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In Chapter Sixteen of The Grapes of Wrath, there are several literary devices at work:
- Steinbeck describes the Joad and Wilson families as in flight across the Panhandle, a country "lined and cut with old flood scars," with "scar" as metaphor for the flood lines.
- Another metaphor occurs near the end of the chapter as the one-eyed man returns to his mattress and cries as the cars whiz past, only strengthening "the walls of his loneliness."
- A simile is used in the description of the vastness of land: "The land rolled like great stationary ground swells."
- Another simile occurs as Rose of Sharon is described,
She tried to arch her whole body as a rigid container to perserve her fetus from shock.
- Casy mentions his observation of all the cars headed to California and uses a simile: "...it's like they was runnin' away from soldiers."
- Granma has dementia and acts "[L]ike a little baby." Earlier, she lay back and opened her jaw, baying, Al says, "'like a moonlight hound' dog.'"
- There is another simile in the description of the Panhandle's land as it "rolled like great stationary ground swells."
Color imagery is utilized to suggest mood:
A huge red billboard stood beside the road ahead, and it threw a great oblong shadow.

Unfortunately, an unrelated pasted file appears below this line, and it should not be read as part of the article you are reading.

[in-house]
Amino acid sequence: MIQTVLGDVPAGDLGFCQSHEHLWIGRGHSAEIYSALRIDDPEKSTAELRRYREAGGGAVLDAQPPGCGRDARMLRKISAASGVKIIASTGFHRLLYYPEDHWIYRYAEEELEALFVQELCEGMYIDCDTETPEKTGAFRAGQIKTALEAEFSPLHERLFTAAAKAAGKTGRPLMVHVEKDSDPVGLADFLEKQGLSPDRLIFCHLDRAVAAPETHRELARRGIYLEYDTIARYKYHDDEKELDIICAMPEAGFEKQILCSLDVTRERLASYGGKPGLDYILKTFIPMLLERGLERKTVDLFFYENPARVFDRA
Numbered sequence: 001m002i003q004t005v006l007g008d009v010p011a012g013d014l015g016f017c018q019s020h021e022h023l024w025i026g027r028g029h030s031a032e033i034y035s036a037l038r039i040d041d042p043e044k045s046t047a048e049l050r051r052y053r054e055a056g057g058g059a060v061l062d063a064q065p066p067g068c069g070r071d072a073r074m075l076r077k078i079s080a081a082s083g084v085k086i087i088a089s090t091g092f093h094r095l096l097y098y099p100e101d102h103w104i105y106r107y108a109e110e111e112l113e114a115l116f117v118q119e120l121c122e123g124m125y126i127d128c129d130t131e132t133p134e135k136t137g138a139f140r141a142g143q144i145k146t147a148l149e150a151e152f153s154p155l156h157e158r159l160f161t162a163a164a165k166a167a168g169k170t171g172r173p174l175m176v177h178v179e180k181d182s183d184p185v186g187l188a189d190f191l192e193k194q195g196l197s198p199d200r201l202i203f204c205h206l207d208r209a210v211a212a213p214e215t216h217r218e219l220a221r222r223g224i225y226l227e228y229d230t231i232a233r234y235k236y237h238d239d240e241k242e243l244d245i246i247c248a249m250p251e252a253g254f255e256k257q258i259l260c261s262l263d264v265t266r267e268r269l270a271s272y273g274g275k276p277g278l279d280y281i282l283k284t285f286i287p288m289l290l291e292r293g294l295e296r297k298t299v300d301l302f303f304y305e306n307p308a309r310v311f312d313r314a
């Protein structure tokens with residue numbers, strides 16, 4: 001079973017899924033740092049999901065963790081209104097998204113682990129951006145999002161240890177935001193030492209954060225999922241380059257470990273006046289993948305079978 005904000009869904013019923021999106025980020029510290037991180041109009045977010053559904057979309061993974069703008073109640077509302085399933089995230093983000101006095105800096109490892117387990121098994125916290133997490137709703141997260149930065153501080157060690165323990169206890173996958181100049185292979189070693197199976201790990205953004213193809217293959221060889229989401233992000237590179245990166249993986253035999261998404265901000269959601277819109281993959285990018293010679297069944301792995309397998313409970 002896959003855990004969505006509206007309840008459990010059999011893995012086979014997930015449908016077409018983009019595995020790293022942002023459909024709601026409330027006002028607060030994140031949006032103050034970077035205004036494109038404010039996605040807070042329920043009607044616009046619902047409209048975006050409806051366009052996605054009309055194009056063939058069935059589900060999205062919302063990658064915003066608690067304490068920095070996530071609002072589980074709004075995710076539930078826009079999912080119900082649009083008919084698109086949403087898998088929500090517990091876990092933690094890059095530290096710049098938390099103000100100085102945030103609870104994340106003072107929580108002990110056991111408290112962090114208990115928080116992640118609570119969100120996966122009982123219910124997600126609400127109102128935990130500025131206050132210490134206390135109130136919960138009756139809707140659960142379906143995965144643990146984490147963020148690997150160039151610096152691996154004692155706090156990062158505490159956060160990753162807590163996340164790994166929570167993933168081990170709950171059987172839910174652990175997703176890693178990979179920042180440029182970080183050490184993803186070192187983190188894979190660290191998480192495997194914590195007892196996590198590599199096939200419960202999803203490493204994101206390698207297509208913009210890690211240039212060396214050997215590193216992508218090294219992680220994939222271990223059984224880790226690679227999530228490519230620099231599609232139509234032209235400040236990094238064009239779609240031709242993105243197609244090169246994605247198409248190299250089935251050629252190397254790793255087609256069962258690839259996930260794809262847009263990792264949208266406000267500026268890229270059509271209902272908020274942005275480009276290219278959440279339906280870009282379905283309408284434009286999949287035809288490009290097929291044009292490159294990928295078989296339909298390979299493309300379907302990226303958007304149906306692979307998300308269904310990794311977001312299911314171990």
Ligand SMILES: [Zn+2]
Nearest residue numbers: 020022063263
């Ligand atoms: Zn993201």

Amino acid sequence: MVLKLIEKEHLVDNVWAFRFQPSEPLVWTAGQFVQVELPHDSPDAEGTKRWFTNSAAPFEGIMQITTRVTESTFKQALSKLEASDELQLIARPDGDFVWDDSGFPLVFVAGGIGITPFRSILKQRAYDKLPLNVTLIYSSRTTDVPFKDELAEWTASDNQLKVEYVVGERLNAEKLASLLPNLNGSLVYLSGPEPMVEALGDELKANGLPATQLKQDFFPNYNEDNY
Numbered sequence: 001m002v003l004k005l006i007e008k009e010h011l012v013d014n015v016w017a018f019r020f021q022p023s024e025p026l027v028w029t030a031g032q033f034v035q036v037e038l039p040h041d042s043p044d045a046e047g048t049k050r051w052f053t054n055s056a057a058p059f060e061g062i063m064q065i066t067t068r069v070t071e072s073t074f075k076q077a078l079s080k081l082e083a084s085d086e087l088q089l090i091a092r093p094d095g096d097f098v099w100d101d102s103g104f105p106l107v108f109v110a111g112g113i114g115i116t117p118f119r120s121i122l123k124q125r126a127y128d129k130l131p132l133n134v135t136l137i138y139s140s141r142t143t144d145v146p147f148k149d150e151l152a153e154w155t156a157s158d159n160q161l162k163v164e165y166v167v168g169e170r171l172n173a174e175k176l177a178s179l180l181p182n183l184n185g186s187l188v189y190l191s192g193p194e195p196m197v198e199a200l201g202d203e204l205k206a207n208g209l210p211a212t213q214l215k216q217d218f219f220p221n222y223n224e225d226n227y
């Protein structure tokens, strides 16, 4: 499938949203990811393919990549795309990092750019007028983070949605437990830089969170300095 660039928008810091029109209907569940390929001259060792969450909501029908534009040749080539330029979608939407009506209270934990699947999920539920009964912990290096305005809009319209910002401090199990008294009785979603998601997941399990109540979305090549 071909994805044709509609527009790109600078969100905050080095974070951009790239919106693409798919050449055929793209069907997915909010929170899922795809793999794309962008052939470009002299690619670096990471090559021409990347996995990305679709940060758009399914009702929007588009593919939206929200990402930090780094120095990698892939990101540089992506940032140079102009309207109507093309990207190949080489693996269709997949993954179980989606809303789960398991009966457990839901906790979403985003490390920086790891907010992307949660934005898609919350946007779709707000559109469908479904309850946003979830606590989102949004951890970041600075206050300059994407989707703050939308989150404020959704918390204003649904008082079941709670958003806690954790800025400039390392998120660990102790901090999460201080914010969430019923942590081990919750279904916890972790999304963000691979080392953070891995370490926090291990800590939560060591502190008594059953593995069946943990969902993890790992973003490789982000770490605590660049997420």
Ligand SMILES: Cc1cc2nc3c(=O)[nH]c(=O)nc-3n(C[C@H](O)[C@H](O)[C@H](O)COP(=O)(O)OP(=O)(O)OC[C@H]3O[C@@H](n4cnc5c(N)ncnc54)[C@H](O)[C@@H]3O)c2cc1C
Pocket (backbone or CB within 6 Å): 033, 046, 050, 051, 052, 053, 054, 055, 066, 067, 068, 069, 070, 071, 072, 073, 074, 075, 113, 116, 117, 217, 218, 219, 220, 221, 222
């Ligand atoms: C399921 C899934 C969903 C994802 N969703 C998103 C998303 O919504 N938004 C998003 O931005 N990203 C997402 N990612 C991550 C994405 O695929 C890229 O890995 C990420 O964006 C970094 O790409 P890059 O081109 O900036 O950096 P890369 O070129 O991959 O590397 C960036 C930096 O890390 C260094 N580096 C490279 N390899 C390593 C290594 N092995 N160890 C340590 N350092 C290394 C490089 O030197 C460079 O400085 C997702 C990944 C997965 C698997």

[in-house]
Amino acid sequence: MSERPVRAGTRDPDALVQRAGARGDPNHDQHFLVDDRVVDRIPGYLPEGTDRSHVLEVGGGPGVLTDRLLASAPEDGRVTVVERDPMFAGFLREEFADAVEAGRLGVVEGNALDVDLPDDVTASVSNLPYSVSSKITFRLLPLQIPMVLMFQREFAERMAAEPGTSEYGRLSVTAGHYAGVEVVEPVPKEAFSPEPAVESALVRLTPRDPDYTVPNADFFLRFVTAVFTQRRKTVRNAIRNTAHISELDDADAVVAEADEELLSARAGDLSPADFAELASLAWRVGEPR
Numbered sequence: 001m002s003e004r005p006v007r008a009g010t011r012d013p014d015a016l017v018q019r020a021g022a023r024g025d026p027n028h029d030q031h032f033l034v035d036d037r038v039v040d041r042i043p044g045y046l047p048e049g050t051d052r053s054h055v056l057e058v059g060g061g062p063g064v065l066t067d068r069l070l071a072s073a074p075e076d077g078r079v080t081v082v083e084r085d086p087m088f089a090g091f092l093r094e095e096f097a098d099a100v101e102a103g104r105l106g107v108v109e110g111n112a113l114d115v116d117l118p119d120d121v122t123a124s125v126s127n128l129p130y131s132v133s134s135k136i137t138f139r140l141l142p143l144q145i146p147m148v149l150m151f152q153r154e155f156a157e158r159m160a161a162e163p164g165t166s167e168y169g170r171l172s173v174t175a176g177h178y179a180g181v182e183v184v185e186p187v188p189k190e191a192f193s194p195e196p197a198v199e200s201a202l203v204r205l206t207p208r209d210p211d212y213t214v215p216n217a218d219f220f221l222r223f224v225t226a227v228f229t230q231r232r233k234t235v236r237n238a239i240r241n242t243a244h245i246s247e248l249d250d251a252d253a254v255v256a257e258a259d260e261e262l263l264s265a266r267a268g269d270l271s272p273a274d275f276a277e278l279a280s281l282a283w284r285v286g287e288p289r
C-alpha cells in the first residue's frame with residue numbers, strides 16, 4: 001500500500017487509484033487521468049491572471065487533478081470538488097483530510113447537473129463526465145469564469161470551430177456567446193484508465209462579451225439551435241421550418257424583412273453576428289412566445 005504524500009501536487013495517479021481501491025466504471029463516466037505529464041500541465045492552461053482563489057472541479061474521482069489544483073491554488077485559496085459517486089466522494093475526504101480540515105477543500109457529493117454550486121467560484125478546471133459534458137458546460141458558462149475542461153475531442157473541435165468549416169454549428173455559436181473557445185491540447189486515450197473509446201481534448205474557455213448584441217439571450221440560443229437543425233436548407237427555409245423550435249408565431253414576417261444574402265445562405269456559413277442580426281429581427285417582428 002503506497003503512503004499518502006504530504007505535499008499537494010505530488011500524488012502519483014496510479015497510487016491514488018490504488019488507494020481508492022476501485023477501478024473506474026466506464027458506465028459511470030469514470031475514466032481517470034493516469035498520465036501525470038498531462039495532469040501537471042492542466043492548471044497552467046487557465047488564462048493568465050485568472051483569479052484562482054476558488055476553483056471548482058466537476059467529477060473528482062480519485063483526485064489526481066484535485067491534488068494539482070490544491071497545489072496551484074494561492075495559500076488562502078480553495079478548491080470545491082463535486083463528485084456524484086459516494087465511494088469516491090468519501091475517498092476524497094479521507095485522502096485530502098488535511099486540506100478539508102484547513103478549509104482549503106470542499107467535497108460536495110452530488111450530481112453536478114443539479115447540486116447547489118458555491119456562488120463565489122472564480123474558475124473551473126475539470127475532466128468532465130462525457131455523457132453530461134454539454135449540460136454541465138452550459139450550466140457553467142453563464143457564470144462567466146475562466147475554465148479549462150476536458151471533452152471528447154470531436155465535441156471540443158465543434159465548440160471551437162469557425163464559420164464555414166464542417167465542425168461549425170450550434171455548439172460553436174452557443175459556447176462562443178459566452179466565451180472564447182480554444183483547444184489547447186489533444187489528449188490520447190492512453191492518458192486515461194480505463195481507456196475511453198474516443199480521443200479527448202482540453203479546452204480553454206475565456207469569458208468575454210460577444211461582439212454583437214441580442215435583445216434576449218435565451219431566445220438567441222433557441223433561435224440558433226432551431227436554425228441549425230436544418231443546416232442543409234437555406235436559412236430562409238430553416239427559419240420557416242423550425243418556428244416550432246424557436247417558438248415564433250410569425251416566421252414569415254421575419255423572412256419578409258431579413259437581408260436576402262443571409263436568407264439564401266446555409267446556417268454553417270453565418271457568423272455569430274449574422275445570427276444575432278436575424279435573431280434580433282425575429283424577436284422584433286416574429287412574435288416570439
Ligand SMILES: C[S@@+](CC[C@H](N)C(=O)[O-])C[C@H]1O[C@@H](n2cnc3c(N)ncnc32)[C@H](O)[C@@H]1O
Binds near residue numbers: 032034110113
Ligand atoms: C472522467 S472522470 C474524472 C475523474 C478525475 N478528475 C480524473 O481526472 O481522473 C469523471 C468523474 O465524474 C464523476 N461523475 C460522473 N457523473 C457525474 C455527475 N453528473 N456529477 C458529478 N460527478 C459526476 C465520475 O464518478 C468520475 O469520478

Later Al is red with anger and the family has "shadows" of problems.
- "The land turtles crawled through the dust..." Since Chapter III, the turtle has been symbolic of the the Joads and other families who have persevered.
- When Ma revolts against the men's decision for Tom and the preacher to remain behind and fix the truck, she then becomes symbolically "the power" as she takes control of the family, retaining its unity. This act represents the later organization and unification of the migrant workers.
- Tom's leadership abilities are demonstrated as he talks with the one-eyed man at the gast station where he and Casy go in order to find a replacement rod for the truck. Tom is able to point to the man's faults and motivate him to clean up and be encourage enough to desire going to California himself.
- That there may be hostility ahead of them is also foreshadowed as Tom is confronted by the proprietor of a camp where the rest of his family is. This proprietor wants to charge Tom to pull in. "He was watchful and ringed with trouble."
- Most foreboding of all is Tom's encounter with the poor man returning from California who says that he is returning to starve because too many people are going to apply for too few jobs. Much like the Chorus of a Greek tragedy, the men that the Joads meet along the road to California presage doom for the family.
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